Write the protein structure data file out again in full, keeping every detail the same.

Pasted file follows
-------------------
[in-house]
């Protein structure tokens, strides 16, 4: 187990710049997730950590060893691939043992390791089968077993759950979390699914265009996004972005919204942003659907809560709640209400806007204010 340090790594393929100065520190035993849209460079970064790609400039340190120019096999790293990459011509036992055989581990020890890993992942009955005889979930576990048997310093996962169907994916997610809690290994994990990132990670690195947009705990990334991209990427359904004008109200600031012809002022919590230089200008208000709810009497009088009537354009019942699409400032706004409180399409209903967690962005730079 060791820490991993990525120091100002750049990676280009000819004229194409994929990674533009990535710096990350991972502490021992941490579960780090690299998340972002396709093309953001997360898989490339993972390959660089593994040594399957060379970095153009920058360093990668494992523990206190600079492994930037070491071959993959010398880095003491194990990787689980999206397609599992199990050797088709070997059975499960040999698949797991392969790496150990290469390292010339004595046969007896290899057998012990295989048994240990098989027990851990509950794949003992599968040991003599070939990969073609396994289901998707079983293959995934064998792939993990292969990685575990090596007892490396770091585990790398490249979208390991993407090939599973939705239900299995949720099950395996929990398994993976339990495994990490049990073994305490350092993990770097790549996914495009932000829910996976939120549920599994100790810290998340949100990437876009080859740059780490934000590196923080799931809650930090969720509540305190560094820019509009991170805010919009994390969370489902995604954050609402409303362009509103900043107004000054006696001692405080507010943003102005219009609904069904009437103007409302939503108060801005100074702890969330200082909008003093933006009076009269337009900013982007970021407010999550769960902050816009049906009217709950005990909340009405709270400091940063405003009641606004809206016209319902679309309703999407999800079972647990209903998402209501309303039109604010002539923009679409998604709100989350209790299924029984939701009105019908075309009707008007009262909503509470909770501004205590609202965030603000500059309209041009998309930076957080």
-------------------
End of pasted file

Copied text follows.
[in-house]
């Protein structure tokens, strides 16, 4: 187990710049997730950590060893691939043992390791089968077993759950979390699914265009996004972005919204942003659907809560709640209400806007204010 340090790594393929100065520190035993849209460079970064790609400039340190120019096999790293990459011509036992055989581990020890890993992942009955005889979930576990048997310093996962169907994916997610809690290994994990990132990670690195947009705990990334991209990427359904004008109200600031012809002022919590230089200008208000709810009497009088009537354009019942699409400032706004409180399409209903967690962005730079 060791820490991993990525120091100002750049990676280009000819004229194409994929990674533009990535710096990350991972502490021992941490579960780090690299998340972002396709093309953001997360898989490339993972390959660089593994040594399957060379970095153009920058360093990668494992523990206190600079492994930037070491071959993959010398880095003491194990990787689980999206397609599992199990050797088709070997059975499960040999698949797991392969790496150990290469390292010339004595046969007896290899057998012990295989048994240990098989027990851990509950794949003992599968040991003599070939990969073609396994289901998707079983293959995934064998792939993990292969990685575990090596007892490396770091585990790398490249979208390991993407090939599973939705239900299995949720099950395996929990398994993976339990495994990490049990073994305490350092993990770097790549996914495009932000829910996976939120549920599994100790810290998340949100990437876009080859740059780490934000590196923080799931809650930090969720509540305190560094820019509009991170805010919009994390969370489902995604954050609402409303362009509103900043107004000054006696001692405080507010943003102005219009609904069904009437103007409302939503108060801005100074702890969330200082909008003093933006009076009269337009900013982007970021407010999550769960902050816009049906009217709950005990909340009405709270400091940063405003009641606004809206016209319902679309309703999407999800079972647990209903998402209501309303039109604010002539923009679409998604709100989350209790299924029984939701009105019908075309009707008007009262909503509470909770501004205590609202965030603000500059309209041009998309930076957080």